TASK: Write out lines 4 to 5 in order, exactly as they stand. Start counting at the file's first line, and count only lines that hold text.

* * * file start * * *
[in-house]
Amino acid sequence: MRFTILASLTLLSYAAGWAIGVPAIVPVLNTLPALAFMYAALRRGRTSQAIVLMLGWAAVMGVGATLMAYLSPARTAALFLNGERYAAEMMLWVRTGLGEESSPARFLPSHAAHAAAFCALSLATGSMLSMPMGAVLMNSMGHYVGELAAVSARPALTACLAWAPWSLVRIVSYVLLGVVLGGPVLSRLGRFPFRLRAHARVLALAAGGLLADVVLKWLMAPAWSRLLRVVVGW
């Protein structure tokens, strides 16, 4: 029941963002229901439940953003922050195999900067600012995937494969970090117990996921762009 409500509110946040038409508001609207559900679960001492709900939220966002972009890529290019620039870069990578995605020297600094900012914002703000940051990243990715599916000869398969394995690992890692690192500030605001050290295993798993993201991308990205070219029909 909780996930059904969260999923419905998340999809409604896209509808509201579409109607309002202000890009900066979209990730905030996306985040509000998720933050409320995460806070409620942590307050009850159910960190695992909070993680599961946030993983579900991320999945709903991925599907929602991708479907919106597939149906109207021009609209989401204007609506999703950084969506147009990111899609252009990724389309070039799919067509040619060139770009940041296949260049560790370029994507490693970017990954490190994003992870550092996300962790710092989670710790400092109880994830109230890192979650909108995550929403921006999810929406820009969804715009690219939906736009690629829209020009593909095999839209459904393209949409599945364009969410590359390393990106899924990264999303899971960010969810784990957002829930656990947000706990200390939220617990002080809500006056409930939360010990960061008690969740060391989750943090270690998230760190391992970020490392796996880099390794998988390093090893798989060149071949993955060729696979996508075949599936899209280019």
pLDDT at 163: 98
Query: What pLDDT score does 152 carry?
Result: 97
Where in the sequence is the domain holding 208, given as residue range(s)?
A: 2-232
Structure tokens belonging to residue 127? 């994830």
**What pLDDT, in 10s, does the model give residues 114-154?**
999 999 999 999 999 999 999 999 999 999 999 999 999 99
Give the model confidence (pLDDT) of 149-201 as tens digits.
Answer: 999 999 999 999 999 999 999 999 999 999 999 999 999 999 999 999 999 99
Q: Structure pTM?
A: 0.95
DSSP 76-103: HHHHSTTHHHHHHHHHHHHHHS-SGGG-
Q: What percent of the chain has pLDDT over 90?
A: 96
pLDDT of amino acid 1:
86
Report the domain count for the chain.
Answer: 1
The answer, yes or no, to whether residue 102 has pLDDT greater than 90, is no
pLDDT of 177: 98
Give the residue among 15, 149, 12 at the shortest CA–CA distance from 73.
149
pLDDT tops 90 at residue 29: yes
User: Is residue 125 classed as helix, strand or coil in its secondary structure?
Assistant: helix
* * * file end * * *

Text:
pLDDT at 163: 98
Query: What pLDDT score does 152 carry?